Long read: Who is qualified to make a world?

In search of the magic of maps.

If you click on a link and make a purchase we may receive a small commission. Read our editorial policy.


It does drag on.

Playing a game like Dragonica - an unbearably cute, free-to-play, 2.5 dimensional side-scrolling MMO, with strong non-European teen appeal - you don't expect innovative storytelling. You expect fairy tales. Forces of darkness, once-defeated, and regathering power. It's such an over-used theme that it's rocketed past cliché and into Fantasy Truism, from teen-lit like Harry Potter to "adult" fantasy like Dragon Age; somewhere, something evil is bitterly nursing its wounds, and preparing its apocalyptic return. But that's OK - while the dark forces are gathering power, it gives our hero a chance to go through a series of training montages. And what is an MMO, if not an infinite training montage?

Dragonica describes itself as closest in style to MapleStory. Actually, that's selling itself a little short. MapleStory is a 2D platformer at heart, and Dragonica has very little platforming. Some of the later levels have you jumping from one small platform to the next, but the inclusion of an icon on the floor under your character removes any of the guesswork about where you'll land. It's more Golden Axe than Super Mario.

It's also a more fully-realised and good-looking 3D world. It's a bit of an illusion - you're mostly limited to left and right movement, with backwards and forwards adding stripes of literal depth to the combat. Meanwhile, exploration is made a little less linear thanks to the Hyper-Jump pads, which spring you to another horizontal stretch of terrain. It can be briefly disorientating, but it would be desperately boring without them.

The first thing you'll do is to choose a class. There are two ranged fighters (the magician and the ranger) and two melee classes (the fighter and the thief). Customisation options include two genders, 10 hairstyles, 20 hair colours, and 10 faces, but only your class has an effect on the game. That extends to character development, too; levelling up boosts your stats automatically, leaving you with discretion only in how to spend your skill points on your class tree. A positive spin would be to call it accessible and fuss-free, but the truth is it's as shallow a character creation process as Gauntlet.

Dragonica is technically in open beta at present, but gPotato assure us it's complete bar a few translation fixes.

I keep mentioning eighties arcade games. That's because it's the most powerful vibe Dragonica gives off. If MapleStory was Wonder Boy, Dragonica is a saucer-eyed Renegade. It's a sideways scrolling beat-em-up first, with MMO trappings strapped on as a compulsive second. Right down to the "this way!" icon that flashes at the right of the screen when you've killed all the enemies in a mission zone, it's basically Final Fight with more moves and inventories.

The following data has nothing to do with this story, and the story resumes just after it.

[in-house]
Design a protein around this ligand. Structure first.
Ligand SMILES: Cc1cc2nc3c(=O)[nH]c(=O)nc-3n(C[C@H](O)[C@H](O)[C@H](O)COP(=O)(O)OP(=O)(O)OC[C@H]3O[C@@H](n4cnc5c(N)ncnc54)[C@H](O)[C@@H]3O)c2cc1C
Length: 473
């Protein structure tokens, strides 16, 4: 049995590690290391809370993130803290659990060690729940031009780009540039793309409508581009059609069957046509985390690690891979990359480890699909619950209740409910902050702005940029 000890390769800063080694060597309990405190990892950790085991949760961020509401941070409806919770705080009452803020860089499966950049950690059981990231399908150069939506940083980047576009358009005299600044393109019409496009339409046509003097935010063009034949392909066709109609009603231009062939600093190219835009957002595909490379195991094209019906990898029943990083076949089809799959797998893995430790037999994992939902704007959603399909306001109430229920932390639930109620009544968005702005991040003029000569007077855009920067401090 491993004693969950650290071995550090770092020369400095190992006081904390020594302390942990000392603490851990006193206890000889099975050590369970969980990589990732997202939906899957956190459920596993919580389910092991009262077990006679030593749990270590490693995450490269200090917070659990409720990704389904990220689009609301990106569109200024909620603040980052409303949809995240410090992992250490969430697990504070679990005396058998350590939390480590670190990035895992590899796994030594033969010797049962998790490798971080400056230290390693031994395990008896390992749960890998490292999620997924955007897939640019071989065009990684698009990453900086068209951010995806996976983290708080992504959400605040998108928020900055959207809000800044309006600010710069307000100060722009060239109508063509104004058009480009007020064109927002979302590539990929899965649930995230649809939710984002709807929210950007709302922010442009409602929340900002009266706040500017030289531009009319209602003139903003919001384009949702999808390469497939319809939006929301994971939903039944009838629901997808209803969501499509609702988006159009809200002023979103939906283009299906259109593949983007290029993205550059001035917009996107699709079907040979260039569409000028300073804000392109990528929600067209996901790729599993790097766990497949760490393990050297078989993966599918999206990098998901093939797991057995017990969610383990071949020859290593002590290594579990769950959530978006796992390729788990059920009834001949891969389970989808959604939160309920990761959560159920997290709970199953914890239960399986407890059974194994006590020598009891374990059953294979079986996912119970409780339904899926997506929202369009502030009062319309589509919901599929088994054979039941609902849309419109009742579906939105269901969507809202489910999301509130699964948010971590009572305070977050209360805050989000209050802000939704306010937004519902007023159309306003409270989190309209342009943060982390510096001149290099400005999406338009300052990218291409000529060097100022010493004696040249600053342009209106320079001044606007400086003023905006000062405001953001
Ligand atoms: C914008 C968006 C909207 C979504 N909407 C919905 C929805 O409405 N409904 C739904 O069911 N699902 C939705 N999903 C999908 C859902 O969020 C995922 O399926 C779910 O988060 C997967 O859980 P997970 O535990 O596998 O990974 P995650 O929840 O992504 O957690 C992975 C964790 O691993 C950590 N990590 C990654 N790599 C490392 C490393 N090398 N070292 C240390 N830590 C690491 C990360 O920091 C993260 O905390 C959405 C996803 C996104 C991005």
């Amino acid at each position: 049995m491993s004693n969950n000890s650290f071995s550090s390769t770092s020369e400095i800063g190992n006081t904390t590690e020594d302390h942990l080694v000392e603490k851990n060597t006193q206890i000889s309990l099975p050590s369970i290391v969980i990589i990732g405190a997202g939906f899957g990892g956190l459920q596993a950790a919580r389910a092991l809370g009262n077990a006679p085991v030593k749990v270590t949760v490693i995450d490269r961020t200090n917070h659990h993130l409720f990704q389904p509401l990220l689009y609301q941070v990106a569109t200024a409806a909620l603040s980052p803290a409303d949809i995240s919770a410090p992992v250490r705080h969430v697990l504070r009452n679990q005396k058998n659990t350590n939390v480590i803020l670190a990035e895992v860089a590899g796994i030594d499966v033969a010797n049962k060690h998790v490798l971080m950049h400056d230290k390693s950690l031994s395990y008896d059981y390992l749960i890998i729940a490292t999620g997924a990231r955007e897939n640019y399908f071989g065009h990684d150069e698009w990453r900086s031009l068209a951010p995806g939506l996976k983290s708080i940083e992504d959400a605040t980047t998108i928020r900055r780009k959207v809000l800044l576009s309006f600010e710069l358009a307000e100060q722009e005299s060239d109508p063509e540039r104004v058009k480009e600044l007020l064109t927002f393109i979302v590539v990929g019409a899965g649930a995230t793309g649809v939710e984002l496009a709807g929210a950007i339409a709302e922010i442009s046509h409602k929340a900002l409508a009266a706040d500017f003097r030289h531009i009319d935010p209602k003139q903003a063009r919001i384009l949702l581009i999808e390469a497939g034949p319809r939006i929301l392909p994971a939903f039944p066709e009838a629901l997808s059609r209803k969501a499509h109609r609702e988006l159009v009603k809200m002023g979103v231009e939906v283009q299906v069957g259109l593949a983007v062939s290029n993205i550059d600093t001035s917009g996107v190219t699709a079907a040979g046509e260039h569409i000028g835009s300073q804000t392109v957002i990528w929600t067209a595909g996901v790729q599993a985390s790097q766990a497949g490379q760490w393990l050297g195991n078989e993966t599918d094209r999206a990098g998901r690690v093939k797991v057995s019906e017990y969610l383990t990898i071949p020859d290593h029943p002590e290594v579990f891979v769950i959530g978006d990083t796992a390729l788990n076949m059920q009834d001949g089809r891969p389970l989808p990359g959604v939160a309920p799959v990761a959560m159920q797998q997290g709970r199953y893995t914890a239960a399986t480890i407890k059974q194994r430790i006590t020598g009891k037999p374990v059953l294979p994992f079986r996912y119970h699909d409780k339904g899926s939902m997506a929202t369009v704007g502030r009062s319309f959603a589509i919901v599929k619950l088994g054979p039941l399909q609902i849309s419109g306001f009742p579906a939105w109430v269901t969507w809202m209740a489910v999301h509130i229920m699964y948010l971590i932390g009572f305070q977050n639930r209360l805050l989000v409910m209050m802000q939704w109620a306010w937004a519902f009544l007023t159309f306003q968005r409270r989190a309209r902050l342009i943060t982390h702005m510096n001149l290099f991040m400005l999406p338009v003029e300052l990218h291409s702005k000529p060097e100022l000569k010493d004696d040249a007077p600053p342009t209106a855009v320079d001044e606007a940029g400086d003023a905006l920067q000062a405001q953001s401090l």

It's such an arcade game that gPotato recommended that I play on a pad. There are tutorials on the official site on how to set it all up, and I'm told that people play the game with SNES, 360 and even Jaguar controllers. When you notice the automatic mappings of your combat fundamentals, it makes perfect sense. Jump, attack, special and air (C, X, A, Z) moves form the basics of all the classes, with typical arcade combos triggering other attacks. Jump-attack triggers your aerial attack (which you can also trigger manually with a hotkey, if you're utterly determined to play in an MMO style) and jump then down-attack triggers your ground attack. Meanwhile, the dash attack is intuitively sparked by double-tapping left or right and quickly attacking. Other skills from the talent tree can be hotkeyed across Q-R and S-F, but you don't really need to use them all - map your most used attacks to the spare buttons on your controller, and you've got an immediately accessible arcade fighter with only a very light RPG element forcing you back to the keyboard.

Devastating Umbrella of Cherbourg, +5 to Chic.

The combat works simply - enemies are either on the ground, stunned, or flying incapacitated through the air. On the ground, they can be chipped away by your basic, no-mana-cost attack, blasted with a strong attack on cooldown, or launched into the air with your class's special attack. Once you level up, you'd be well advised to invest in an attack designed for enemies in the air; it's a game basic, and will let you decimate the enemies while they're airborne and harmless.

The problem with analogies to games like Double Dragon amd Final Fight is the fundamental shape of Dragonica. Those games started easy, quickly got hard, and you died. But you got better, so every time you played you got a little bit further, and the overall idea was to finish the game. When you take that mechanic and flatten the difficulty curve, remove death and eliminate the end, it robs the gameplay of an important essence. A more serious problem is the repetition of enemy attack styles: the Level 40 zones are split between the same missile and melee monsters as the Level 10 areas, leaving you with a very dim sense of real progress beyond the amount of times you die.